Sometimes our clients tell us they can provide content for their site, but it’s rare that we receive the type of copy we need. Most business owners are just too close to their work to describe what they do in a succinct way that will bring in business.
Sure, you know better than anyone what your business does. But site visitors don’t want to read a long list of the services you provide; they want to know how you are going to bring value to their lives or their businesses and the problems they are trying to solve. To top it off, your website must communicate all of that information quickly. If you make visitors your visitors have to work too hard to see if you are right for them, they’ll bounce off searching for the next provider.
Just as you hire a designer to achieve the right look for your brand, it’s equally important to make sure the copy on your website connects with your target customer.
A strong content strategy identifies what the ideal target visitor needs to see on the site that will speak directly to them and break through the clutter they’ve seen on other sites. Once we’ve got their attention, our primary goal is to provide the right information about the company’s leading service so that the prospective customer is engaged and curious to learn more.
That’s no simple feat. It takes time to come up with an effective content strategy, which is the secret sauce you need to create a website that stands out from the crowd and gets results. As web designers, we don’t expect our clients to come in with their website designs all mapped out. It is equally unrealistic for us to expect they will come to us with written copy that that sets them apart and connects with their ideal visitors.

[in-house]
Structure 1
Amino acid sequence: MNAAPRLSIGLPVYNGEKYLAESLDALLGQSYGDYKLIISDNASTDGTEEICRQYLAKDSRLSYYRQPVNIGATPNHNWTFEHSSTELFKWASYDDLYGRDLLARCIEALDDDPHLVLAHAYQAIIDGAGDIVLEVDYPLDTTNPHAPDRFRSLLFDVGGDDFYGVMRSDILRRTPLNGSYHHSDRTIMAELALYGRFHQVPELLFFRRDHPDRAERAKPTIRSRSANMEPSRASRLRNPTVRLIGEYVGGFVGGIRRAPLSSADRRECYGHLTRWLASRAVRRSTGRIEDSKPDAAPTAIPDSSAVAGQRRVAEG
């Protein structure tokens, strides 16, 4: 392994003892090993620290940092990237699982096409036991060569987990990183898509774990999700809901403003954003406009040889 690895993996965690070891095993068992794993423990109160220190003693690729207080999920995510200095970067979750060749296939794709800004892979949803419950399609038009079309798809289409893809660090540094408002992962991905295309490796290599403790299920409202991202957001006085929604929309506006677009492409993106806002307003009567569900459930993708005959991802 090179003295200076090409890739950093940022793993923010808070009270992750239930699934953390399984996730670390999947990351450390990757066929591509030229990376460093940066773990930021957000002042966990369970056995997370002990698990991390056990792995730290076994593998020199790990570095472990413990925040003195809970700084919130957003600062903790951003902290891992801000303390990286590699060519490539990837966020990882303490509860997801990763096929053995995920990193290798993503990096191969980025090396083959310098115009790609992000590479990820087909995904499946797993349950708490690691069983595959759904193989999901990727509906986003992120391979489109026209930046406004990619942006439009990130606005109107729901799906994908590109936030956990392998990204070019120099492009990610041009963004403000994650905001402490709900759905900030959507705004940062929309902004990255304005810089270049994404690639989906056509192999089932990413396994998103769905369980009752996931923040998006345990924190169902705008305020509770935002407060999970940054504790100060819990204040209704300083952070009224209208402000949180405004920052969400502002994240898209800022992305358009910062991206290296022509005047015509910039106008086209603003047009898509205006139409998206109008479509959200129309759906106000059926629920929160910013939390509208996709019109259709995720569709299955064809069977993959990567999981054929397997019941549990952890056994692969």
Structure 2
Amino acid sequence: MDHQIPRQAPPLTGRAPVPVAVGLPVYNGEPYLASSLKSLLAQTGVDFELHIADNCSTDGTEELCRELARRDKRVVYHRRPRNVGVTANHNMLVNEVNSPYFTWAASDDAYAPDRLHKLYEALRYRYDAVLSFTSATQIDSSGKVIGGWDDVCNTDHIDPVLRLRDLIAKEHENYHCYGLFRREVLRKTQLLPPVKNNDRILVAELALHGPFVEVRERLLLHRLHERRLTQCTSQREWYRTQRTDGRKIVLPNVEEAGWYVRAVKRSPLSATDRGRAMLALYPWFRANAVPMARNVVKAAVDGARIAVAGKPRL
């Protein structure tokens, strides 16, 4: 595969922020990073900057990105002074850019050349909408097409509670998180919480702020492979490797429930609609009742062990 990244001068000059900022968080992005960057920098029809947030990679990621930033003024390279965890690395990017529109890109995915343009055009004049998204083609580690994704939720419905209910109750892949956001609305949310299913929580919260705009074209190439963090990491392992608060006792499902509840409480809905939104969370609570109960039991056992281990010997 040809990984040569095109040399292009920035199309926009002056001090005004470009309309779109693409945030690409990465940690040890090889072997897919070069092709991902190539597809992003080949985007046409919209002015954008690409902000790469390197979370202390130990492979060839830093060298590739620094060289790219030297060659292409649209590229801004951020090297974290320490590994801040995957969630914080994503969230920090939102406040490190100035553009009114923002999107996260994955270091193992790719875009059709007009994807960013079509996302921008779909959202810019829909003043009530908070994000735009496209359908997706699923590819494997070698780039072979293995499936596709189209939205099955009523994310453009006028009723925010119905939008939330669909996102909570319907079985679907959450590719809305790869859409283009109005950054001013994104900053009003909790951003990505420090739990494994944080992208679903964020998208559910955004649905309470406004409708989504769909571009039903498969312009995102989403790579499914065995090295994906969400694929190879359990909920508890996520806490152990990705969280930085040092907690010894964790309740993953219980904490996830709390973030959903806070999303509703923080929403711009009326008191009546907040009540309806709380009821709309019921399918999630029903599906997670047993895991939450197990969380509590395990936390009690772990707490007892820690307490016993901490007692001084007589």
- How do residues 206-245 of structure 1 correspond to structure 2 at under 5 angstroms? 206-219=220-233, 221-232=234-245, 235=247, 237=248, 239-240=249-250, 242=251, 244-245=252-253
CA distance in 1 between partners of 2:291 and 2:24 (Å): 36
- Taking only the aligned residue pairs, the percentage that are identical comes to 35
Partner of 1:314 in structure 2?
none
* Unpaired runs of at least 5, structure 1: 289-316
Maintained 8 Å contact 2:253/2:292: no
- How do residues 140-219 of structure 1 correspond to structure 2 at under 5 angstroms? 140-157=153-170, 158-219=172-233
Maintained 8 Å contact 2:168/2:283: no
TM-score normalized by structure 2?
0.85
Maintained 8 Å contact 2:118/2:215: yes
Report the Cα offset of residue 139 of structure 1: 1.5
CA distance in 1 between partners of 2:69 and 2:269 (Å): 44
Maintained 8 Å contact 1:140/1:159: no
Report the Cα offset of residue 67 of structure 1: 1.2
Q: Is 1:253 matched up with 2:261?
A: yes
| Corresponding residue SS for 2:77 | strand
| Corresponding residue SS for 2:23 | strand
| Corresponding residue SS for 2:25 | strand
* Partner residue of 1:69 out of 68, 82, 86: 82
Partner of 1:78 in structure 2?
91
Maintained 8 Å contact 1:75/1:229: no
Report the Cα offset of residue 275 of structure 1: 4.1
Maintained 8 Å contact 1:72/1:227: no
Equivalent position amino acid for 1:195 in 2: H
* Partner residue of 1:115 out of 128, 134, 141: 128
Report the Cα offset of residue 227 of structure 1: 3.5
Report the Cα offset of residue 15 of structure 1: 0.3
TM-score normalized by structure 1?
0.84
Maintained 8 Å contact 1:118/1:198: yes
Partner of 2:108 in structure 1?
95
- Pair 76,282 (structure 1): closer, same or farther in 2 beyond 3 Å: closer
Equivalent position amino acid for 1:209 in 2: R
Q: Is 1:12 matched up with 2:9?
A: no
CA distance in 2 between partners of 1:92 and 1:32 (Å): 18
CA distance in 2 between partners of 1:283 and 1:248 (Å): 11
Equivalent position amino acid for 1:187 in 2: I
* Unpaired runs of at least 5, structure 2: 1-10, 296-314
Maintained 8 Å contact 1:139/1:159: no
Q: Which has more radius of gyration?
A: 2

When a client comes to me for a new website, I ask a series of questions to uncover not just what they do, but the way they do it and the value they provide. My job is to translate this information into copy and design elements that convert site visitors into customers, clients, investors, or future employees.
I’ll ask clients to describe: Who is your customer? What is it that you are selling? Why should I work with you rather than a competitor? How does your customer know that you understand what they are dealing with? How will they know you’re an expert? What will success look like? What will the person go through if they don’t take action to work with you?
We dive in to get the goods. Then we’ll extract the key messages and craft them in a way that will get the attention of their target client, connect with them and close the deal. This is called content strategy.
When your website communicates the unique value your business provides with clear, concise copy, your site visitors will know they’ve found what they’ve been looking for and call you. Simple.
Having a website with carefully designed content costs more and is often one of the main differences between budget websites and those that cost more. It takes time to do this right and our clients rarely can do it for themselves.
I will confess, I’m am no different. When we redesigned our website a couple of years ago, I had defined our company’s unique value proposition but I had done it with way too many words. I couldn’t figure out how best to say the things I wanted to communicate. So, I called on a colleague of mine to walk me through my content. She was able to tell me what stood out as the most important factors that she saw that had people want to work with us. She helped me hone down my words to exactly those that would resonate with the clients we wanted to attract. And our new website has been very effective in bringing in the business we were looking for.
Whether you are a web designer or business owner with a website, if you’re interested in understanding more about the power of content strategy you’ll benefit from Donald Miller’s Storybrand work. Miller’s video content and his new book articulate the power of a strong, intentional website message that stands out from the crowd to increase your bottom line. If you need some help doing this for yourself, get in touch!